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Sero-Survey Reveals Size of Iceberg, Some Areas May be Nearing Herd Immunity: Veteran Epidemiologist

Labourers wearing protective masks work in Kolkata. (Reuters)

Labourers wearing protective masks work in Kolkata. (Reuters)

According to Professor Jayaprakash Muliyil, if the density of immune people increases, then the pathway for the virus is cut and thus it starts declining.

The sero-prevalence study in Delhi has shown that nearly a quarter of the national Capital’s population may have got infected with coronavirus and also developed immunity against it. Scientists have called this a promising sign indicating movement towards herd immunity. spoke to Professor Jayaprakash Muliyil, Chairman of the Scientific Advisory Committee, National Institute of Epidemiology, and former principal of Christian Medical College, Vellore, on the results of the study and what it reflects about the current stage of the coronavirus pandemic. Edited excerpts:

What do these results tell us about the spread of the infection in the national Capital and in general, about how the virus is behaving?

First of all, it is a random sample from a sampling frame. So when you do a random sample, it talks about the whole population. So, when the total population average is 23.5%, that means that 23.5% were already infected. Now they are immune to coronavirus and in my opinion that immunity will be long lasting. Number two, you have to understand that this is an average and averages never tell you exactly what is going on. So you have to make out how the clusters are doing. In cluster sampling, you can look at clusters and if the cluster size is reasonably big, you can ask the question - Is there high and low prevalence of sero-positivity in the cluster? That will describe the cluster nicely. The cluster size itself should be little more than 100 in each one.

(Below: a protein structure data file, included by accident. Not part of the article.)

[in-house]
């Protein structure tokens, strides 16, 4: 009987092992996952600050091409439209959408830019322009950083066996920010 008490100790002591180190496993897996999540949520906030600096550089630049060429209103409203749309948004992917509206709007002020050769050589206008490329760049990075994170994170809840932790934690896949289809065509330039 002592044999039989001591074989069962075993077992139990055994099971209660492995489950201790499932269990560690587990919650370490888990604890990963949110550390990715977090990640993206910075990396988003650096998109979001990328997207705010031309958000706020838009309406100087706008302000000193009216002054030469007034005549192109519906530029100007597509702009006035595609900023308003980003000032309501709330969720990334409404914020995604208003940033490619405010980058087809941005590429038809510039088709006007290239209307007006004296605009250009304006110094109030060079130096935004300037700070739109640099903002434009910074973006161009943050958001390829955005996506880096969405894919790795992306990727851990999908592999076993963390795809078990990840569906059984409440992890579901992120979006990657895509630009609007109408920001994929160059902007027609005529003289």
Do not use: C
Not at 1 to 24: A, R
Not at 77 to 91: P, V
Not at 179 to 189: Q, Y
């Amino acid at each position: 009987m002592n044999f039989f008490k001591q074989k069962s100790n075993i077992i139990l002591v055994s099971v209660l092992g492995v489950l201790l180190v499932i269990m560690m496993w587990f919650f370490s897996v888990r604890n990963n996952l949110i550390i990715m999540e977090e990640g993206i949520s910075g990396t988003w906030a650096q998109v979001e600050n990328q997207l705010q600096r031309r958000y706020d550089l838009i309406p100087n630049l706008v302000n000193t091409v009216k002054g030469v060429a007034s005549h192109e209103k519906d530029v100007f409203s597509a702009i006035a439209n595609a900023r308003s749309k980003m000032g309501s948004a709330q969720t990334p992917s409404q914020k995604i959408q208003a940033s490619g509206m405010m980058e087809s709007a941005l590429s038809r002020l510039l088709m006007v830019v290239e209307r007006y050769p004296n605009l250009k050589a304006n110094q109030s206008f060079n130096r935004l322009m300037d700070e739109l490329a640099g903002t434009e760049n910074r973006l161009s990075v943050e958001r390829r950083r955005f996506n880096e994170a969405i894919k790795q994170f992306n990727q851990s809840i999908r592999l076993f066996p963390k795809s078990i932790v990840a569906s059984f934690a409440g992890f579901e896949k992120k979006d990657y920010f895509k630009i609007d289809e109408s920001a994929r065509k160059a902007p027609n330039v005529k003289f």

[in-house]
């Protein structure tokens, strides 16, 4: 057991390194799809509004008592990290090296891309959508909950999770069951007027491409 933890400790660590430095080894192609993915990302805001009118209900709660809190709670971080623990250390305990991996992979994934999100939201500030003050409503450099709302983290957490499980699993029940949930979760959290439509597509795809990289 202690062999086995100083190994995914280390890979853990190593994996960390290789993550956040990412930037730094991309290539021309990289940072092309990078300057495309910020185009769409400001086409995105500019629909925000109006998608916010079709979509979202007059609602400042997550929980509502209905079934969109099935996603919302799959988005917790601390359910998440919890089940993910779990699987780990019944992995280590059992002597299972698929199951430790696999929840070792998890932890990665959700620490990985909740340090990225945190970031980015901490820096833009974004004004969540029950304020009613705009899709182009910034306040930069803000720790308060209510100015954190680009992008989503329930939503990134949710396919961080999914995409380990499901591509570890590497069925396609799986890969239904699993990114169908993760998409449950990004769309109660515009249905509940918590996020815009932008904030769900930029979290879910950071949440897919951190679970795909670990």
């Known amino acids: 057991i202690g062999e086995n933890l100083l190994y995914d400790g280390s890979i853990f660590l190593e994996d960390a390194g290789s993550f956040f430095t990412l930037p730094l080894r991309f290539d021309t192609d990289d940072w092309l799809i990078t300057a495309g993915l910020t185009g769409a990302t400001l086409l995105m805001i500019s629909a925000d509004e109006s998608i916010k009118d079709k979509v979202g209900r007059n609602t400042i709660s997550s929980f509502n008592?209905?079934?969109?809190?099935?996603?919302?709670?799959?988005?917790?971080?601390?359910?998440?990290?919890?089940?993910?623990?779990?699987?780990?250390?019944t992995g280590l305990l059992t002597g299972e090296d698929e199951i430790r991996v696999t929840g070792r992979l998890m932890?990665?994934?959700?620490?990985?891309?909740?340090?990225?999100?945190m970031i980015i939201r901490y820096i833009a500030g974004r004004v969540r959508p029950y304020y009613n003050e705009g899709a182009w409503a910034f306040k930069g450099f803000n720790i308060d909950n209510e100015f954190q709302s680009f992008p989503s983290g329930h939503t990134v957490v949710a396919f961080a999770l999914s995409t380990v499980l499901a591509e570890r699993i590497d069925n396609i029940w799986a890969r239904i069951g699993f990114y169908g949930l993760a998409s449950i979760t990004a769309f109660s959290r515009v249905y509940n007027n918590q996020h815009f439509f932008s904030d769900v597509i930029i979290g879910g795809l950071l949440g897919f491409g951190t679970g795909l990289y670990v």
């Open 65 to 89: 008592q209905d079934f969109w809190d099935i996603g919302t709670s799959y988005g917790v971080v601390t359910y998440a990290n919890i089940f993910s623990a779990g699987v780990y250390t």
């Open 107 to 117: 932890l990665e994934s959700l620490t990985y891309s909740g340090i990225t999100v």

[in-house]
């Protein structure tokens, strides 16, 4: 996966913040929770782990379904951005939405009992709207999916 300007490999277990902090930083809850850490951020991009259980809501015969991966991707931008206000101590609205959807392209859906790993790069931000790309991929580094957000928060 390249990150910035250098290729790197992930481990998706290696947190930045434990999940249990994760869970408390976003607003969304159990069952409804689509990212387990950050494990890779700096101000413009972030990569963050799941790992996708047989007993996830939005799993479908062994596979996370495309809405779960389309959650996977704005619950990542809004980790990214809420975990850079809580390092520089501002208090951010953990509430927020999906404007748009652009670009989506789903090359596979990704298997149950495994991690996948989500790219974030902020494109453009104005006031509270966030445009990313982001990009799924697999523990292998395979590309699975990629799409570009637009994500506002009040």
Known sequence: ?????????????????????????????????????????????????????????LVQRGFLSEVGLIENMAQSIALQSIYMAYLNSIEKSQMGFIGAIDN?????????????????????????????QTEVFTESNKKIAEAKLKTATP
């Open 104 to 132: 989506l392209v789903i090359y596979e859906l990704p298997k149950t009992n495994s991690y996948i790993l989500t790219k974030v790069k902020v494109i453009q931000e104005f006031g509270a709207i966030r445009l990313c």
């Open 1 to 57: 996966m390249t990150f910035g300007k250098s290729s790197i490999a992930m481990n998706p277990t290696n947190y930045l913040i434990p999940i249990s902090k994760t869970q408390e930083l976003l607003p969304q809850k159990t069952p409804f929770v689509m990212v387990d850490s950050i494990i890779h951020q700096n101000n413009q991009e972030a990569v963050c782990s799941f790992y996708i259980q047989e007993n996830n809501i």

Under the cluster, some will show 40% (positivity rate), some are 10% or 15%, and there is heterogeneity. Those in the range of 30-40% are fast approaching the herd immunity level in which case there will be no active transmission of the disease in those clusters and you will notice in those areas that new cases fall remarkably. Thirdly, the survey represents what happened a month back. After about two weeks only the IgG antibodies develop nicely. So the actual infection spread might be higher at present.

In my opinion, instead of looking at the new case direction in Delhi, we should look cluster by cluster. Each cluster will peak and reach herd immunity and cases will start dropping, this will eventually lead to the end of the epidemic.

What is cluster sampling, can you explain a bit?

You choose geographic clusters. It is convenient because some of that creates a little bit more homogeneity. Then you go to one ward and treat it as one cluster. You don’t need to cover every ward in Delhi, maybe randomly. To study the direction of the epidemic, you have to actually follow the clusters. For instance, Dharavi reached high levels of infection and now cases are dropping.